Mama Soda

Mama Soda
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Whenever the heavens told my mum that it was time to do good for her offspring, she would take me to Mama Soda. There is no definition needed for the word ‘Mama Soda’, I think it is self-explanatory. Mama Soda was simply a notable woman who owned quite a big shop in Rombo town that made Coca-Cola bow under her mercy that they had a big red refrigerator outside her shop. She even had the permit to put the golden words, “Soda Baridi!” alongside her shop’s name.

I thank Mama Soda for my life because the first fridge I ever saw in life was hers (Or was it Coca-Cola’s? πŸ˜•). I knew that all refrigerators were red and they had a posho mill engine because of the noise they produced. You see, the only thing that roared in such a village was the posho mill.

There were no motorcycles. You could count the cars in the town; there were three Toyota Stouts meant for transport. Two were owned by some chap who never combed his hair called Betu and one which was blue in color was owned by some Maasai guy who apparently wore kiondo caps called Kailepi. There were a handful of aged squeaky Mitsubishi Fuso Canter lorries meant for transport.

We used to live in a drum house which exists to date. It was a furnace during summer. We had beautiful wallpapers of The Daily Nation which my mother stuck to the wall using homemade superglue – wet wheat flour. Because there were only two black and white Tv’s in the whole town; one in a public hall and another owned by a lady who had daughters in the United States of America, we would re-read the redundant president Moi stories that filled each page. In short, our walls were our source of entertainment whenever we were indoors.

Nothing was as refreshing as the phrase, “Beba sweta!” This meant that mum was about to give you a refreshing heavenly experience. Beba sweta clearly meant that mum was taking you somewhere.

I remember the first time mum took me to Mama Soda. She sat by a chair outside as I sat on a wooden crate of soda inside. I was then asked the most refreshing question on earth, “Utakunywa soda gani?” Kids were not allowed to drink Coke, Krest or Stoney. Beginner kids would take Fanta, Pro kids would take Blackcurrant and Ultra Pro kids would take Sprite.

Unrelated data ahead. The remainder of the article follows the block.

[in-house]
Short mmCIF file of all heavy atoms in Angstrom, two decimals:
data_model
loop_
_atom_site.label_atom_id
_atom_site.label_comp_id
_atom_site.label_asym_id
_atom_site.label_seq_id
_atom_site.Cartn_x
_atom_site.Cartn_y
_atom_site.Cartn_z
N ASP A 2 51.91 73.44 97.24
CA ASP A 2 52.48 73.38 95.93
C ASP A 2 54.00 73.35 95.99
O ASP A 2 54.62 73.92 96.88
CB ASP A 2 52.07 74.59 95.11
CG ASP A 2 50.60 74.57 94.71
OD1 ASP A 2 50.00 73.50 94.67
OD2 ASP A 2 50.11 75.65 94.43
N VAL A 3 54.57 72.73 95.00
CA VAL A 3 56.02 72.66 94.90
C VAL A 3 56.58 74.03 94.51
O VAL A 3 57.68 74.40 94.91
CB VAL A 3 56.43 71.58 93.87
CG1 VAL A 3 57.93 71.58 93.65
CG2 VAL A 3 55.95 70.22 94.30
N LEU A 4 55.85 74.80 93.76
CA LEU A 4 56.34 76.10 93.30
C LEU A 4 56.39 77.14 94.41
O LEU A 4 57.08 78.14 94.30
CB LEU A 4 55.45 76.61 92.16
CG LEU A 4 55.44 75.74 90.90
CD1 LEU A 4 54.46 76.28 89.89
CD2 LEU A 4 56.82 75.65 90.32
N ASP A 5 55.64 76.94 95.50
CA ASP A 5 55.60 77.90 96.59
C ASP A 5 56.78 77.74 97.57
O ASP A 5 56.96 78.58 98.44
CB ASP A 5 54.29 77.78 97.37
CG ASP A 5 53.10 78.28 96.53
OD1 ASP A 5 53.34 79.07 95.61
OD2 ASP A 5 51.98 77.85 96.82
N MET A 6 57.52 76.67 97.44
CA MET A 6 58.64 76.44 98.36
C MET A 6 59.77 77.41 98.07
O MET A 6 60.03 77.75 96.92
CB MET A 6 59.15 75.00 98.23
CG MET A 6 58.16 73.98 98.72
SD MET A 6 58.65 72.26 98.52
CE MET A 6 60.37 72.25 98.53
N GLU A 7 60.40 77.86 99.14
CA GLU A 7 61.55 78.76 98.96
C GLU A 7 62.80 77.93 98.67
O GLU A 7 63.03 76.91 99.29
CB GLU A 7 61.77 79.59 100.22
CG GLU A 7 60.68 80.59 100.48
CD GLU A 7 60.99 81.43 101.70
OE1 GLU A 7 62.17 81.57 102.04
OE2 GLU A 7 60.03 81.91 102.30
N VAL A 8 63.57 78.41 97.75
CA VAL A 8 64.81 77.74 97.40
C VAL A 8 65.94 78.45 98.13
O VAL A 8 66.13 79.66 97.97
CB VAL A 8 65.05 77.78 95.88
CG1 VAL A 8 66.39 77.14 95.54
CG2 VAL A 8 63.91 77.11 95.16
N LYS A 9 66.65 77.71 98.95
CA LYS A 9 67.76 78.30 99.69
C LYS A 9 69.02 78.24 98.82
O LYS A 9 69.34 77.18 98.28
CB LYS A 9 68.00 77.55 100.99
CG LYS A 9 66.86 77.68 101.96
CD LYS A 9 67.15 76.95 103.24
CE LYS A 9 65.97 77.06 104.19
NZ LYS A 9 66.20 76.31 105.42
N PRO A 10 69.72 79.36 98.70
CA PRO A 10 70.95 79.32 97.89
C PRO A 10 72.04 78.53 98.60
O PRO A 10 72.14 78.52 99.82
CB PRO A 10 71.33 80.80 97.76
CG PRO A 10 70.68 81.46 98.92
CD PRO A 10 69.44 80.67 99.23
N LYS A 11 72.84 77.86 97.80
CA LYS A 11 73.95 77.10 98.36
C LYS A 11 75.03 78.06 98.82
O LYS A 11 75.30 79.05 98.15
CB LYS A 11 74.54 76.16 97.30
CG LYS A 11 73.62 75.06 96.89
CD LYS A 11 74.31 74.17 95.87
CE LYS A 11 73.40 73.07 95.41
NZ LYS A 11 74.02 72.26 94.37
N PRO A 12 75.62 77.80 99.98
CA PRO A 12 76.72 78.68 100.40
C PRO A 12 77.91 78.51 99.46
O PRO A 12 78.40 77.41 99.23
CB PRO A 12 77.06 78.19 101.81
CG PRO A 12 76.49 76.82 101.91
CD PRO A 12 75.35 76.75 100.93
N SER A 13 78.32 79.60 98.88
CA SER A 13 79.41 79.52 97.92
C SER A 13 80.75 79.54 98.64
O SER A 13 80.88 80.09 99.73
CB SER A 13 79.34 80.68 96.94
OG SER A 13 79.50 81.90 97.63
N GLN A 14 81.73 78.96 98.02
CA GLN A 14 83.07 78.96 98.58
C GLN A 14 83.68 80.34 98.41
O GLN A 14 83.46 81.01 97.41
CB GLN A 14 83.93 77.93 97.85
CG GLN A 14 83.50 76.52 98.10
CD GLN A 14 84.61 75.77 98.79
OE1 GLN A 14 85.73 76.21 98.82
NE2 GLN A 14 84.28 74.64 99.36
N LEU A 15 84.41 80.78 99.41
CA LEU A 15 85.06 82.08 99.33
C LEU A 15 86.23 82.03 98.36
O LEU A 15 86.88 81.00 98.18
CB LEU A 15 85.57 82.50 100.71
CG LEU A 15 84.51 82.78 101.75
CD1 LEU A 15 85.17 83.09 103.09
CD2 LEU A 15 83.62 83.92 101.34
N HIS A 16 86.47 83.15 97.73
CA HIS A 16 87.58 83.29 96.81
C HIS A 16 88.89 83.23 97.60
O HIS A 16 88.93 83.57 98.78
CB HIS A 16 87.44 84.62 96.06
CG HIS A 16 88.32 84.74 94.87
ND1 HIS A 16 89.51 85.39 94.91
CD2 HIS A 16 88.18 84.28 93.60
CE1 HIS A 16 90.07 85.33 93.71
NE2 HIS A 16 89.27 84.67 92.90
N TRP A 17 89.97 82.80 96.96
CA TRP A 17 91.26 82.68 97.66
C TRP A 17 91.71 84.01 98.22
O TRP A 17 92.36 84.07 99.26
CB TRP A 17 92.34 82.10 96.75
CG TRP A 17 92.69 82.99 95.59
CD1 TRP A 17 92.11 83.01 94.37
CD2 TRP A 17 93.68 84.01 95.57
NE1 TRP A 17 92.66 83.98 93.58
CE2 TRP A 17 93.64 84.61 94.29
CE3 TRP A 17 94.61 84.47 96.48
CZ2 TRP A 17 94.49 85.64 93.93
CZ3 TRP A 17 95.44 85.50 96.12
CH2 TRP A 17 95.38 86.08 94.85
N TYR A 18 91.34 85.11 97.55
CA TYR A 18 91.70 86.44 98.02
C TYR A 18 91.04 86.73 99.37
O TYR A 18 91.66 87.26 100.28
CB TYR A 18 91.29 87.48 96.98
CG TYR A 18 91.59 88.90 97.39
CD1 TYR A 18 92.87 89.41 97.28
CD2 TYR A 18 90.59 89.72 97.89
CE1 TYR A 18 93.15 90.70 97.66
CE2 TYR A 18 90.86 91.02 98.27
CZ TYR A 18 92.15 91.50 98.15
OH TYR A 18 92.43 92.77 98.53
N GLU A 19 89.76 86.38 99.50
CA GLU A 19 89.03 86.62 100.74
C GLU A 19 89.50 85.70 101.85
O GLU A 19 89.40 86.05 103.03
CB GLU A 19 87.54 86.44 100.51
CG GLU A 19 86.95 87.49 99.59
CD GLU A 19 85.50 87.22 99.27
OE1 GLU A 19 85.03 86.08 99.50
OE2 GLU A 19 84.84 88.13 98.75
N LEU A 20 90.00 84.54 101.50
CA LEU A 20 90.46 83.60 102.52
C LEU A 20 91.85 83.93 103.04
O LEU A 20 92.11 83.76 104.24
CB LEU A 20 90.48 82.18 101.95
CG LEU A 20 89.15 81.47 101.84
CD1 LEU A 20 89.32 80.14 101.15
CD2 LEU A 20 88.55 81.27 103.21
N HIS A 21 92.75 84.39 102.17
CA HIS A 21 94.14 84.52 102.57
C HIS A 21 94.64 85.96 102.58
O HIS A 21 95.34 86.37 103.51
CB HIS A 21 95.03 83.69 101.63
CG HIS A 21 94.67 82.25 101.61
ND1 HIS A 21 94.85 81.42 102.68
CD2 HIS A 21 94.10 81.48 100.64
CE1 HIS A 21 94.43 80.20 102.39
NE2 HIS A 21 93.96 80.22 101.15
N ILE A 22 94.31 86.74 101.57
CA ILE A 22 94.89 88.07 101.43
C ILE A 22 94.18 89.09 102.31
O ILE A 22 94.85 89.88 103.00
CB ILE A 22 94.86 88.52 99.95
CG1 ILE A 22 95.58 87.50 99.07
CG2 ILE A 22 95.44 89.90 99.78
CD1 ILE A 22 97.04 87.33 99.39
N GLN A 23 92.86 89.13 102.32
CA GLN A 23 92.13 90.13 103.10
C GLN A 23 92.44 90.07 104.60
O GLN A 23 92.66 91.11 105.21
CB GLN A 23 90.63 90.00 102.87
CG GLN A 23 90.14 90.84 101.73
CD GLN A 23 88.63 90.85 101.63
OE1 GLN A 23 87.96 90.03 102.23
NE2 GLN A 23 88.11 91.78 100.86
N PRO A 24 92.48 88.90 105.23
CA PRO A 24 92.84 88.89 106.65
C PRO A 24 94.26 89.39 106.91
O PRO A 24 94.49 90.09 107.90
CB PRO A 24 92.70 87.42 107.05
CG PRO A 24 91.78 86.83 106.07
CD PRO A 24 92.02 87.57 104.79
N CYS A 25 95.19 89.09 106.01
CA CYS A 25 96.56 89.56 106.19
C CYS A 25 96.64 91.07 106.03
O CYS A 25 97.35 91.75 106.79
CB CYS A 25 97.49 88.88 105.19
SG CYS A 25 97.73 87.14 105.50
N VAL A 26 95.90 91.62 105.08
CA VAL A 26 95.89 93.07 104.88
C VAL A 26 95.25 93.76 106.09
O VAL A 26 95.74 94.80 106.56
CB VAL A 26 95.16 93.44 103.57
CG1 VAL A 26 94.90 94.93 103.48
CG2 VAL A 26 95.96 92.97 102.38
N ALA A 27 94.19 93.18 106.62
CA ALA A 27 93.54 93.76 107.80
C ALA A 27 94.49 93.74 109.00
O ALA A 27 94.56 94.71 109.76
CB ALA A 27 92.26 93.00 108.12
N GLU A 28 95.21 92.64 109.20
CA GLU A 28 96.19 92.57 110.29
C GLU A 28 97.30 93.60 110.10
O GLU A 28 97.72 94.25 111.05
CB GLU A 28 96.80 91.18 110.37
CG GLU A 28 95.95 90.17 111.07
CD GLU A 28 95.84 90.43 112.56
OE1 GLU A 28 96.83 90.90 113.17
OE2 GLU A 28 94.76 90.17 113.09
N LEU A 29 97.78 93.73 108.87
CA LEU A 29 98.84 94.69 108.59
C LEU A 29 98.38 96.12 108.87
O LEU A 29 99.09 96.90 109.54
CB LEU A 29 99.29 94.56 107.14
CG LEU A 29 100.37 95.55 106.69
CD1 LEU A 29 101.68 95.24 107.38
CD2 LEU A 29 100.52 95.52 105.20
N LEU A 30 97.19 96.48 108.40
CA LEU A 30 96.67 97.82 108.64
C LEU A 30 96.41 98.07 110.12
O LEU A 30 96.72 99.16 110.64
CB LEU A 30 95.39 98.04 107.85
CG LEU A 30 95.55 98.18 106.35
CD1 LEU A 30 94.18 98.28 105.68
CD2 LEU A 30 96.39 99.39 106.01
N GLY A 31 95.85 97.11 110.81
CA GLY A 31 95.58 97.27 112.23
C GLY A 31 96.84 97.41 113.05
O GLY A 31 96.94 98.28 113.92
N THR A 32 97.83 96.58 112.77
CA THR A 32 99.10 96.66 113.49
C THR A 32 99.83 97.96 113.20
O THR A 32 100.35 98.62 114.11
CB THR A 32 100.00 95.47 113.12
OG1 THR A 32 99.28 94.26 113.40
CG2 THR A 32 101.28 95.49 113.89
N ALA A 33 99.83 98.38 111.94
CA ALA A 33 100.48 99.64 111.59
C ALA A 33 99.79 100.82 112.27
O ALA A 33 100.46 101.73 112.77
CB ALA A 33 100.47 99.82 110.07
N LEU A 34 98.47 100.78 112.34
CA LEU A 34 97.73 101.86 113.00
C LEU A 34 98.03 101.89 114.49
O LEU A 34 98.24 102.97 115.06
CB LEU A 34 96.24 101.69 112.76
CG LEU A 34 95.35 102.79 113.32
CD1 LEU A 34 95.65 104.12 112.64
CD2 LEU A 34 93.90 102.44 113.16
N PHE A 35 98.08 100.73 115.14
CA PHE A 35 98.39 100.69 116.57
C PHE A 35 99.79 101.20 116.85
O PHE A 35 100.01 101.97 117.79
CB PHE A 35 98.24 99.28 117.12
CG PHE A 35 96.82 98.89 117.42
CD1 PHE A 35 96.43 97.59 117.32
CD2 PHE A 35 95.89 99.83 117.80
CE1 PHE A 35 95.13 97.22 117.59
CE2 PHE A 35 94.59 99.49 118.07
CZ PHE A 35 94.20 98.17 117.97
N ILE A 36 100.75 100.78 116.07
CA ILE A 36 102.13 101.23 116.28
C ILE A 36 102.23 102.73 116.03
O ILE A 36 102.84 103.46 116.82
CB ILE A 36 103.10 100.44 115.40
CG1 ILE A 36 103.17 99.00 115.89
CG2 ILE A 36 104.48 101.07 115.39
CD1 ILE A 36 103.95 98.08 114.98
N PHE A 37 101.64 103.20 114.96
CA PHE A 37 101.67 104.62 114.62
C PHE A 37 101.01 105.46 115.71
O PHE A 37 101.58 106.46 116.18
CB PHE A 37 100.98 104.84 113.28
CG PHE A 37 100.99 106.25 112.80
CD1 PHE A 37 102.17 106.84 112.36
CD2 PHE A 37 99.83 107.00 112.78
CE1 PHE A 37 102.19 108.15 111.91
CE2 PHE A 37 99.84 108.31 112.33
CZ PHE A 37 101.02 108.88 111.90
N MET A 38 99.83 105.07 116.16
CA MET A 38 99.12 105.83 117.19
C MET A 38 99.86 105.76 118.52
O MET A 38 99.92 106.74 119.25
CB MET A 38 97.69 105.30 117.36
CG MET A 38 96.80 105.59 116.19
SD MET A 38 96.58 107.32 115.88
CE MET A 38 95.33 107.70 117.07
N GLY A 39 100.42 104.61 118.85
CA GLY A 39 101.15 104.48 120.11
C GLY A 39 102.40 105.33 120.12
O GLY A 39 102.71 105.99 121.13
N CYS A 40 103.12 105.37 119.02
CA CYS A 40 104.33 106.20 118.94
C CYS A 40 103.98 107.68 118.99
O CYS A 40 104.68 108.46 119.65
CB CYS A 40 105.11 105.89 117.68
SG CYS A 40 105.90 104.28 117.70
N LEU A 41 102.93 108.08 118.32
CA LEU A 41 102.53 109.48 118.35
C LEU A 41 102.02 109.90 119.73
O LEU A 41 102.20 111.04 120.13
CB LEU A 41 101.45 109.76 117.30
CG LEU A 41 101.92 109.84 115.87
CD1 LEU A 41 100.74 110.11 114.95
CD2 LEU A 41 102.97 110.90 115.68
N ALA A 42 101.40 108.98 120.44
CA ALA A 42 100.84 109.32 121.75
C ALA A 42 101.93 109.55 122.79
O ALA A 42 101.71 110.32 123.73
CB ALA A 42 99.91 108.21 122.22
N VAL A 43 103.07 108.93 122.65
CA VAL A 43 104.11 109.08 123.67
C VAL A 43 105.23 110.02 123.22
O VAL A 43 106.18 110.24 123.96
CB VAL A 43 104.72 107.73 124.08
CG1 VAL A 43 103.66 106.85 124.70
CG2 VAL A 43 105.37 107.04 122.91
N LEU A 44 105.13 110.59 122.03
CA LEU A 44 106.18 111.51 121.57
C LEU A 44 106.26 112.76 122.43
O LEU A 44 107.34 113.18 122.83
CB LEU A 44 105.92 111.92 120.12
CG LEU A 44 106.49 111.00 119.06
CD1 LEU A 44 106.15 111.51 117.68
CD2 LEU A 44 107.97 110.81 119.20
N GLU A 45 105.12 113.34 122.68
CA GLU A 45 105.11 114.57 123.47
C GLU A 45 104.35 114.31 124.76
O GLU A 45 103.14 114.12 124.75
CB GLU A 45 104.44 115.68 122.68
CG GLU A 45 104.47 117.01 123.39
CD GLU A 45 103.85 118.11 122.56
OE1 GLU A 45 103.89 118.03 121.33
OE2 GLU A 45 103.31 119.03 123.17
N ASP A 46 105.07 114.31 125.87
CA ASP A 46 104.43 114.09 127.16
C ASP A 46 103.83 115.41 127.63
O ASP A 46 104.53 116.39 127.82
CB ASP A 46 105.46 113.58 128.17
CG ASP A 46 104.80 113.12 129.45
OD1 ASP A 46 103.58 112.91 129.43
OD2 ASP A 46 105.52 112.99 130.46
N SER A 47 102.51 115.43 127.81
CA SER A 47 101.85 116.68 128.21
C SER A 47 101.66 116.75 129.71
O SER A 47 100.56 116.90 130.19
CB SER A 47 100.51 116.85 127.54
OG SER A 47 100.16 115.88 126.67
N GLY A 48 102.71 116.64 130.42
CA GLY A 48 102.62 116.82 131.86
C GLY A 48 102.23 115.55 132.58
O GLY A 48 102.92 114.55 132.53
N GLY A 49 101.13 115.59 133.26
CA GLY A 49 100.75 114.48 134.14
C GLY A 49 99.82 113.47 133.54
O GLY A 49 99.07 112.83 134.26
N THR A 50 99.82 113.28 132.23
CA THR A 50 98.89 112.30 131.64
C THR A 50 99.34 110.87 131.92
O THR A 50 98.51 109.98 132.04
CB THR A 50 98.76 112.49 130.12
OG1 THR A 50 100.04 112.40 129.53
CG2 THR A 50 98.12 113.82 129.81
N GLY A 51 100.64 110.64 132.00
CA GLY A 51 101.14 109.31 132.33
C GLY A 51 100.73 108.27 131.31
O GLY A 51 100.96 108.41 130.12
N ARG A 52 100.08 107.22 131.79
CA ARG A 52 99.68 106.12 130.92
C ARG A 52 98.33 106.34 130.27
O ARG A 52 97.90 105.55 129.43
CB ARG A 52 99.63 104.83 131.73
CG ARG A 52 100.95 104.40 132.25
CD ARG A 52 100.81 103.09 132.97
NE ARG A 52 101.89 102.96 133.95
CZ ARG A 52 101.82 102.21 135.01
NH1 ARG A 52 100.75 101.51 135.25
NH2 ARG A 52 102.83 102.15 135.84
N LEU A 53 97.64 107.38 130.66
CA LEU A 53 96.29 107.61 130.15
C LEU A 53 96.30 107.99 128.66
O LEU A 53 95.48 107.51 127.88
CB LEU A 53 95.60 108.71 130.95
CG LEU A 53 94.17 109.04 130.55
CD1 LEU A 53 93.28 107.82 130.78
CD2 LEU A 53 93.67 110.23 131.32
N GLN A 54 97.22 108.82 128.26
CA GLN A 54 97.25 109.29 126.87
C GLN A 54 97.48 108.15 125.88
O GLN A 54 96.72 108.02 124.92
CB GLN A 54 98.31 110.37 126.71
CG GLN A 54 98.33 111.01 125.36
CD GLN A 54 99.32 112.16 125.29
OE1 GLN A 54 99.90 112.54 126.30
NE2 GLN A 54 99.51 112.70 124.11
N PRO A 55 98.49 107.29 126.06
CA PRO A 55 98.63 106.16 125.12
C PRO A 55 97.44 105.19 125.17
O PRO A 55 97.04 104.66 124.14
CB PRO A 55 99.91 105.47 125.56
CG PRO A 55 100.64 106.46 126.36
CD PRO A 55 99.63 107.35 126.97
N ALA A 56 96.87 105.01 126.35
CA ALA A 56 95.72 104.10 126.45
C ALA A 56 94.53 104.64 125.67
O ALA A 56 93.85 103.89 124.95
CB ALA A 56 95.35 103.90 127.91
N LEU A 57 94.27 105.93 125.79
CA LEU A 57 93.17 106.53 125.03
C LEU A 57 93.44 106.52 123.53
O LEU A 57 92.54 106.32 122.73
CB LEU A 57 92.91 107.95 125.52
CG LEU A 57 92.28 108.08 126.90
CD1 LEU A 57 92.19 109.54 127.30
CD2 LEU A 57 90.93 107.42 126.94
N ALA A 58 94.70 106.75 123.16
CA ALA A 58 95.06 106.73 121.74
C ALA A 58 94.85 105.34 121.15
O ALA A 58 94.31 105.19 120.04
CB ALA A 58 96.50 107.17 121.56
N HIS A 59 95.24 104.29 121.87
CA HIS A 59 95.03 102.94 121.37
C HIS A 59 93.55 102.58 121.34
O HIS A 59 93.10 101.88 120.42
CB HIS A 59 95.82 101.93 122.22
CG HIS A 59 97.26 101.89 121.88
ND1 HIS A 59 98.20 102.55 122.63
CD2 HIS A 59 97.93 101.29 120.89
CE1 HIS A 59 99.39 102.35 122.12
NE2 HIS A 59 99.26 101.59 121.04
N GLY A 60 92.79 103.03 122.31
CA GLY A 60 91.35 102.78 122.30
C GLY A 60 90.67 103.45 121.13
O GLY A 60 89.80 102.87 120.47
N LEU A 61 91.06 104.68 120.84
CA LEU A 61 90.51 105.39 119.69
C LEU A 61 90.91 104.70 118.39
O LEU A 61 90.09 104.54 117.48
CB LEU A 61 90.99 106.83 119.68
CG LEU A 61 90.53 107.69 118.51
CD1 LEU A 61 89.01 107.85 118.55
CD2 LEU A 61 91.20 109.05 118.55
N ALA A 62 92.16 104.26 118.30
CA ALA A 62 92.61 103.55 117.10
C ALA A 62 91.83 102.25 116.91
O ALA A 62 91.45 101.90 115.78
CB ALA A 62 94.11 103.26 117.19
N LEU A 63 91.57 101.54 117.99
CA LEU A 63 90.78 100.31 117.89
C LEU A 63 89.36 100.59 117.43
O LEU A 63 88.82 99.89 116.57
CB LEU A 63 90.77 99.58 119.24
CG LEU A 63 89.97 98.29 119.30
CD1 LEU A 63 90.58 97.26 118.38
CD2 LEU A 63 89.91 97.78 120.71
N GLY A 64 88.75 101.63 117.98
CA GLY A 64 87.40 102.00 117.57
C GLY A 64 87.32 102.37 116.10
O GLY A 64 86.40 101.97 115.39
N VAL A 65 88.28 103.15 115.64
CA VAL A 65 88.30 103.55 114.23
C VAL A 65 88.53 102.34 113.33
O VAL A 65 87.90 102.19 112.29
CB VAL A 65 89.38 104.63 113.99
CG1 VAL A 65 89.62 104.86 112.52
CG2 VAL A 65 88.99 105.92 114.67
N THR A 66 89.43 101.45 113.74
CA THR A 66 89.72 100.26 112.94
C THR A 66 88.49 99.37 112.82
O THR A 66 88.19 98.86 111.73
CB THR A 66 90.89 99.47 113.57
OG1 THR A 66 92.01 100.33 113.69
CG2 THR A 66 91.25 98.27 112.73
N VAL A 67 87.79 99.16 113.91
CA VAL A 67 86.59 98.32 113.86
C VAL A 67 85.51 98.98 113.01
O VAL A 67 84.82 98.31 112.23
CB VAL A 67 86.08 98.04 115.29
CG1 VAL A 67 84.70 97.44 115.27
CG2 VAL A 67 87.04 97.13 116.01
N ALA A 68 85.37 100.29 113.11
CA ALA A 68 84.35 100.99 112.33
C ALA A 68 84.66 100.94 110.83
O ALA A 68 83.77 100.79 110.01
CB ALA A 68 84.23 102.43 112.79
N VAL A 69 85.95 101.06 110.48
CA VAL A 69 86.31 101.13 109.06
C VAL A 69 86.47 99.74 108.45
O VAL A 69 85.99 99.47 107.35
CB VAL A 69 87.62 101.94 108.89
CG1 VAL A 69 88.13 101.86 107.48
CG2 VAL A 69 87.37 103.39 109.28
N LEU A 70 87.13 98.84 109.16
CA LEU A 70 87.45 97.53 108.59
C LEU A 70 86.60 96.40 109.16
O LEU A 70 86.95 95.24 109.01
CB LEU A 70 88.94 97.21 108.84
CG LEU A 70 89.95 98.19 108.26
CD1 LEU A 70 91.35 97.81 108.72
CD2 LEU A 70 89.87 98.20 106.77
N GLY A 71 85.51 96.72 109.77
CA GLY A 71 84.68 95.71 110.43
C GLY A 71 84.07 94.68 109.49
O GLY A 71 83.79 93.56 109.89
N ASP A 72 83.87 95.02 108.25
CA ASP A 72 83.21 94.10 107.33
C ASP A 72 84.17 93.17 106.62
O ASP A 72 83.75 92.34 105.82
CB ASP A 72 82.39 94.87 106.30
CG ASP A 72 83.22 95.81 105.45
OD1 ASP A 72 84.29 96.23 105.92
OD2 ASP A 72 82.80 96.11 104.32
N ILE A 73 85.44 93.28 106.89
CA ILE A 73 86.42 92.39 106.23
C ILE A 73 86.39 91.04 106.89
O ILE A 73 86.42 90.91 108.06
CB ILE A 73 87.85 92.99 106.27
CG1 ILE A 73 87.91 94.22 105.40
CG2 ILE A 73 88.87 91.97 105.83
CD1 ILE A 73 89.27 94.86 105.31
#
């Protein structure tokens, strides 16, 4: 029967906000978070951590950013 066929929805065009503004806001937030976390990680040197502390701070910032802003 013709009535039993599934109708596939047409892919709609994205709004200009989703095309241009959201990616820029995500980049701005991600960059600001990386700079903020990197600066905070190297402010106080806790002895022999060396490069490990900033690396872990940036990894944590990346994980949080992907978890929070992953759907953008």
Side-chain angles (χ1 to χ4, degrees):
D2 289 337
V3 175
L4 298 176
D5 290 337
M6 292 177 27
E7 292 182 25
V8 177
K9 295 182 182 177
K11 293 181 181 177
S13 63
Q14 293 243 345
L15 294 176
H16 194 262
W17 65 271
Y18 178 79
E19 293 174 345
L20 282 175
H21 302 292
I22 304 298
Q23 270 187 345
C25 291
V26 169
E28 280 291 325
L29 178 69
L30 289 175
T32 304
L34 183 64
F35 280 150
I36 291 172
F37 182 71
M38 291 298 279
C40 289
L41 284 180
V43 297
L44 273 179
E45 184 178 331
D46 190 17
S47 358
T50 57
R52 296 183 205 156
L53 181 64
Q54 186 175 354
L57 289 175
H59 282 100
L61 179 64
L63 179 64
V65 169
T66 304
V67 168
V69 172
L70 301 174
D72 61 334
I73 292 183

My mum would ask me what drink I would want to take but she would also give me the eye; the eye that meant so many things at the same time. It relied on your genius intellect to decipher the coded look. I deciphered that the question was a test and I decided to keep quiet. I then heard, “Mpee Fanta!” and Mama Soda replied, “Eeeh, Fanta ni ya watoto!” In those times, conversations were redundant and one had to return meaningless replies so that they can be engaging.

We only took warm dusty sodas as kids. They were dusted by some grey, ogre-looking multipurpose face towel or by the tail of a dead cow. I wondered how cold sodas tasted like. I just saw them glowing in Mama Soda’s red fridge. I never wanted to think how hard drugs like Stoney, Krest or Coke tasted like, I always wanted to know how something off a fridge tasted like.

I wondered how a fridge would make something cold in the scorching Rombo heat. As I took my 300ml Fanta, mum kept telling me, “Shika vizuri usipasue!” while giving me the eye. I knew that a soda bottle is the most expensive thing on earth and I resolved that when I grow up I would buy my mum lots of sodas together with the bottles and crates.

I would slowly drink my Fanta and feel that I have touched the hem of Jesus. Sweets were the most glorious thing to me but soda was bliss. Given the chance, I would work at Coca-Cola so that I take all the soda I wanted. For some reason, the soda would bloat my stomach and a small portion would remain. My mum would ask, “Umeshiba?” and you would give her that look. You know in traditional African society you never just spoke to your elders. Unless necessary, you were to use body language. She would then pick the remaining quarter, complain that she was only taking my saliva and take it in one gulp.

There were some two brown skin fine gels at Mama Sodas. Maybe they were her kids I don’t know. They would come inside the shop once in a while but she would tell them to go outside and play. I was like, “God give me one of these as my wife so that we would take soda any time we wanted.” But God did not answer my prayer because my mum never told me to go play with them.

After sitting for hours on a crate that formed small soda circles on my tiny butt, I wished if my mum said we leave but older people had more stories than all encyclopedias combined. They only talked of Uchumi and Serikali and I kept wondering what was so amusing about the two.

After what seemed to be like three years of boring adult conversations, we finally left vividly knowing that the next time I would be at Mama Sodas would be another decade but I had a story for my peers. At least they would sit around me calling me Kiongoss bowing and saying, “Teach us your ways master” listening to how all soda flavors taste like.

I do not know where Mama Soda is today, and where those fine light girls went to, maybe one is my wife, who knows? πŸ˜…

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